Nationals and Michael Morse agree to two-year contract

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6:00 p.m. EST update: According to the Associated Press, Morse will earn about $10.5 million over the next two seasons.

5:20 p.m EST update: According to MLB.com’s Bill Ladson, it’s a two-year deal for Morse, so it merely takes him to free agency.

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The terms aren’t in yet, but the Nationals avoided arbitration with Michael Morse by signing him to a multiyear deal, the team announced.

The soon-to-be 30-year-old Morse was seeking a raise from $1.05 million to $5 million in arbitration. The Nationals filed at $3.5 million. It was Morse’s second year of arbitration, and he would have been eligible for free agency for the first time after 2013.

Morse reached the majors with the Mariners in 2005, the same year he served a 10-day suspension for testing positive for performance-enhancing drugs, but he never established himself until 2010, the year after Seattle traded him to Washington. He hit .289/.352/.519 with 15 homers in 266 at-bats then and .303/.360/.550 with 31 homers in 522 at-bats last season.

Morse was the Nationals’ primary first baseman after Adam LaRoche got hurt last season, but he’ll be shifting back to left field this year. Another strong season from him could complicate things for the Nationals, though in a good way. The team is going to have to break in Bryce Harper at some point, which could mean moving Jayson Werth to center field or Morse back to first base.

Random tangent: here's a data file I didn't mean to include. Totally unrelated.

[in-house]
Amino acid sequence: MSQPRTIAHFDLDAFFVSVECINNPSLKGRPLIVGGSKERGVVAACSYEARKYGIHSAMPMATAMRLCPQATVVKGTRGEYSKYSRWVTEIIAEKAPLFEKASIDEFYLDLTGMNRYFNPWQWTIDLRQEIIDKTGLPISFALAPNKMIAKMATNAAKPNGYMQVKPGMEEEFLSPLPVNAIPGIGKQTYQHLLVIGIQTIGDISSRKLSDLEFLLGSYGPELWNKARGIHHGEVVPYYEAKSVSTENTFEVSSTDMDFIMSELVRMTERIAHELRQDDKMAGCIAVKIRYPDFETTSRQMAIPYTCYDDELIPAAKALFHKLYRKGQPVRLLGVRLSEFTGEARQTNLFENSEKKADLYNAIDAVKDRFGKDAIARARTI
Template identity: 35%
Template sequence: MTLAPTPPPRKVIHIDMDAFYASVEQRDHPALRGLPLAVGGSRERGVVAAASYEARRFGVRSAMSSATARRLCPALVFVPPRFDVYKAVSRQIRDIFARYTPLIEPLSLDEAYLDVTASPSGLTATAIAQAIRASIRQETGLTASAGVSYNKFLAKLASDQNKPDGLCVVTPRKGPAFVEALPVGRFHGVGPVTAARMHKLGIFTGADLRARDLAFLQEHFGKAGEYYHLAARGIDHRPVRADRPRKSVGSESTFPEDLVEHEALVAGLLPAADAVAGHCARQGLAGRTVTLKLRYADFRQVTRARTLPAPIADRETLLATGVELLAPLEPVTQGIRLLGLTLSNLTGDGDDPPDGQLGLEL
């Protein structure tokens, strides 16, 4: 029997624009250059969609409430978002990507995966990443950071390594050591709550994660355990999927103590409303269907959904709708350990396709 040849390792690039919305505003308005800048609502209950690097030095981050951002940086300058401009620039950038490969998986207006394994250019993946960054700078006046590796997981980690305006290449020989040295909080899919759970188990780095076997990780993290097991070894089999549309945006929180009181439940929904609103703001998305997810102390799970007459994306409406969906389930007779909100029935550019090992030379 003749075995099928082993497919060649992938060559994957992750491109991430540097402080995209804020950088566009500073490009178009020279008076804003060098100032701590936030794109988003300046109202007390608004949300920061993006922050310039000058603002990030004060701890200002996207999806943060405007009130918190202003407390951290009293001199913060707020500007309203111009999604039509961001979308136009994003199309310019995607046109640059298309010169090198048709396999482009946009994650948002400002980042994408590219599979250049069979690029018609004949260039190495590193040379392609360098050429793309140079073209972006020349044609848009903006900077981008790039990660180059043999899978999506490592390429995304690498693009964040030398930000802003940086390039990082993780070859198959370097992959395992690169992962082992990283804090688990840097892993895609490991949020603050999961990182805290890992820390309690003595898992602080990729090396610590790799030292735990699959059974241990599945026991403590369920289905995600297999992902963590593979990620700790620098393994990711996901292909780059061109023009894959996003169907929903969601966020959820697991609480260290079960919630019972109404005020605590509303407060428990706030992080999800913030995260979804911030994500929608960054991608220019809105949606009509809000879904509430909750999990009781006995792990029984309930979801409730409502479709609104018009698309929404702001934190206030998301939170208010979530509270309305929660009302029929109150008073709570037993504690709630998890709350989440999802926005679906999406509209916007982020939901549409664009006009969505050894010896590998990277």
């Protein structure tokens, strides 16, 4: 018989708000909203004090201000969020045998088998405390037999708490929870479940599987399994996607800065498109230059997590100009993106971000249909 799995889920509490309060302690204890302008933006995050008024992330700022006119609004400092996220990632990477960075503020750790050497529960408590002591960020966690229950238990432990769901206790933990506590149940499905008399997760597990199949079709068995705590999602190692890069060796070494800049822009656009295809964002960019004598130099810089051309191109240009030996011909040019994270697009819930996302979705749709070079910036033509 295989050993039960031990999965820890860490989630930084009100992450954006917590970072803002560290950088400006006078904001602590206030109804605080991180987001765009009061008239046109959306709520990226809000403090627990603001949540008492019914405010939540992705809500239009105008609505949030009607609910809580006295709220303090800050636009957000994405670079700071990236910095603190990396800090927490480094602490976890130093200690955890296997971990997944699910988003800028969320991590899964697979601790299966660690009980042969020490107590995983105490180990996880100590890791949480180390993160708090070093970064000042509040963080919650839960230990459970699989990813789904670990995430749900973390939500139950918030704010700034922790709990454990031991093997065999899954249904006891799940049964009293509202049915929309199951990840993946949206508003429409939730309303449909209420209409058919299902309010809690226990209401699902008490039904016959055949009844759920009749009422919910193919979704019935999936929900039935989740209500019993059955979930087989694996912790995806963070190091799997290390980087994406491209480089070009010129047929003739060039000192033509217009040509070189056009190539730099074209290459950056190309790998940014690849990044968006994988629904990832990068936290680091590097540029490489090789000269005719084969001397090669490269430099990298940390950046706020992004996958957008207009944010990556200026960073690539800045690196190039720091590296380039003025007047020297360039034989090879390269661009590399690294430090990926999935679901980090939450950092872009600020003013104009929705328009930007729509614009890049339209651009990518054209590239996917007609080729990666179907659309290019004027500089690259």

Javier Baez, D.J. LeMahieu have disagreement about sign-stealing

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Fellow second basemen Javier Baez of the Cubs and D.J. LeMahieu of the Rockies got into a disagreement in the top of the third inning of Sunday’s game at Coors Field over sign-stealing.

LeMahieu reached on a fielder’s choice ground out, then advanced to second base on Charlie Blackmon‘s single. While Nolan Arenado and Trevor Story were batting, Baez was concerned that LeMahieu was relaying the Cubs’ signs to his teammates. Baez decided to stand in front of LeMahieu to block any information he might have been giving to Arenado and Story. LeMahieu got irritated and the two jawed at each other for a bit. Umpires Vic Carapazza and Greg Gibson had to intervene to tell Baez to knock it off.

There has always been a back-and-forth with alleged sign-stealing. As long as teams aren’t using technology to steal signs, it’s fair game for players to relay information to their teammates about the opposing team’s signs. Last year, MLB determined the Red Sox went against the rules and used technology — an Apple watch in this case — to steal signs from the Yankees. Other teams in the past have been accused of using binoculars from the bullpen to steal signs. In this particular case with Baez and LeMahieu, there was no foul play going on, just Baez trying to make the Rockies cede what he perceived to be their slight competitive advantage.

The Cubs went on to beat the Rockies 9-7 on Sunday.